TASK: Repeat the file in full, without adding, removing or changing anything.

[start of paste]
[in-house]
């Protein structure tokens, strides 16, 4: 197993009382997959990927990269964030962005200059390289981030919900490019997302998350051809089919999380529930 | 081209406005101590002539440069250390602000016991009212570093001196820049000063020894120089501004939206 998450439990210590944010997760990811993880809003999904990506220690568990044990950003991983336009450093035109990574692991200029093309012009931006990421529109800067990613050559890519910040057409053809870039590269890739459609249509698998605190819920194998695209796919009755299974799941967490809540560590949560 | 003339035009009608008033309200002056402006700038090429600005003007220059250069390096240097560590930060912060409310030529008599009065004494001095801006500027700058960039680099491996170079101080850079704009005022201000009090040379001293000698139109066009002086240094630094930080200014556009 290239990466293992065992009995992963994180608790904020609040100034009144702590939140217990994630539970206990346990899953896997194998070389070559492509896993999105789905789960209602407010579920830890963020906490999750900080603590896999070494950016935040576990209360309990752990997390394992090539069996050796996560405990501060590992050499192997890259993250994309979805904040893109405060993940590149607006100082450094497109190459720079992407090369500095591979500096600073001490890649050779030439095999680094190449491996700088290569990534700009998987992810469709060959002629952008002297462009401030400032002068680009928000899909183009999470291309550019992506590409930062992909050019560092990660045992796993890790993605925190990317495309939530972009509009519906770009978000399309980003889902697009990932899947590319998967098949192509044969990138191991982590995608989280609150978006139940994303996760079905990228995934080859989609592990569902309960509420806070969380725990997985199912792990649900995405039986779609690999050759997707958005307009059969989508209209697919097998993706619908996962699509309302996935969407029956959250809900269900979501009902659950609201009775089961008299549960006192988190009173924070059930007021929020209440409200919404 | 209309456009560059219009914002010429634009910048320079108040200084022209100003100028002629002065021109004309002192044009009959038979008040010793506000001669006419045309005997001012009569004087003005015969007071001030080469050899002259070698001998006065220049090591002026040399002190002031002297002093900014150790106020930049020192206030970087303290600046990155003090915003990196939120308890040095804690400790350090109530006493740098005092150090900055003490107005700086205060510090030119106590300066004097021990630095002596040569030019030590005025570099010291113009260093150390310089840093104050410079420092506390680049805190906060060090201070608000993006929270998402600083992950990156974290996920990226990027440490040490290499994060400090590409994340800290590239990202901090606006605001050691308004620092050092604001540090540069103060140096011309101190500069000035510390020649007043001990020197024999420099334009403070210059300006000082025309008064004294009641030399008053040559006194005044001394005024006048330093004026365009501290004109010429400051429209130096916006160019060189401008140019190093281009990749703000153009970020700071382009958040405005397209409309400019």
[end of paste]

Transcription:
[in-house]
């Protein structure tokens, strides 16, 4: 197993009382997959990927990269964030962005200059390289981030919900490019997302998350051809089919999380529930 | 081209406005101590002539440069250390602000016991009212570093001196820049000063020894120089501004939206 998450439990210590944010997760990811993880809003999904990506220690568990044990950003991983336009450093035109990574692991200029093309012009931006990421529109800067990613050559890519910040057409053809870039590269890739459609249509698998605190819920194998695209796919009755299974799941967490809540560590949560 | 003339035009009608008033309200002056402006700038090429600005003007220059250069390096240097560590930060912060409310030529008599009065004494001095801006500027700058960039680099491996170079101080850079704009005022201000009090040379001293000698139109066009002086240094630094930080200014556009 290239990466293992065992009995992963994180608790904020609040100034009144702590939140217990994630539970206990346990899953896997194998070389070559492509896993999105789905789960209602407010579920830890963020906490999750900080603590896999070494950016935040576990209360309990752990997390394992090539069996050796996560405990501060590992050499192997890259993250994309979805904040893109405060993940590149607006100082450094497109190459720079992407090369500095591979500096600073001490890649050779030439095999680094190449491996700088290569990534700009998987992810469709060959002629952008002297462009401030400032002068680009928000899909183009999470291309550019992506590409930062992909050019560092990660045992796993890790993605925190990317495309939530972009509009519906770009978000399309980003889902697009990932899947590319998967098949192509044969990138191991982590995608989280609150978006139940994303996760079905990228995934080859989609592990569902309960509420806070969380725990997985199912792990649900995405039986779609690999050759997707958005307009059969989508209209697919097998993706619908996962699509309302996935969407029956959250809900269900979501009902659950609201009775089961008299549960006192988190009173924070059930007021929020209440409200919404 | 209309456009560059219009914002010429634009910048320079108040200084022209100003100028002629002065021109004309002192044009009959038979008040010793506000001669006419045309005997001012009569004087003005015969007071001030080469050899002259070698001998006065220049090591002026040399002190002031002297002093900014150790106020930049020192206030970087303290600046990155003090915003990196939120308890040095804690400790350090109530006493740098005092150090900055003490107005700086205060510090030119106590300066004097021990630095002596040569030019030590005025570099010291113009260093150390310089840093104050410079420092506390680049805190906060060090201070608000993006929270998402600083992950990156974290996920990226990027440490040490290499994060400090590409994340800290590239990202901090606006605001050691308004620092050092604001540090540069103060140096011309101190500069000035510390020649007043001990020197024999420099334009403070210059300006000082025309008064004294009641030399008053040559006194005044001394005024006048330093004026365009501290004109010429400051429209130096916006160019060189401008140019190093281009990749703000153009970020700071382009958040405005397209409309400019």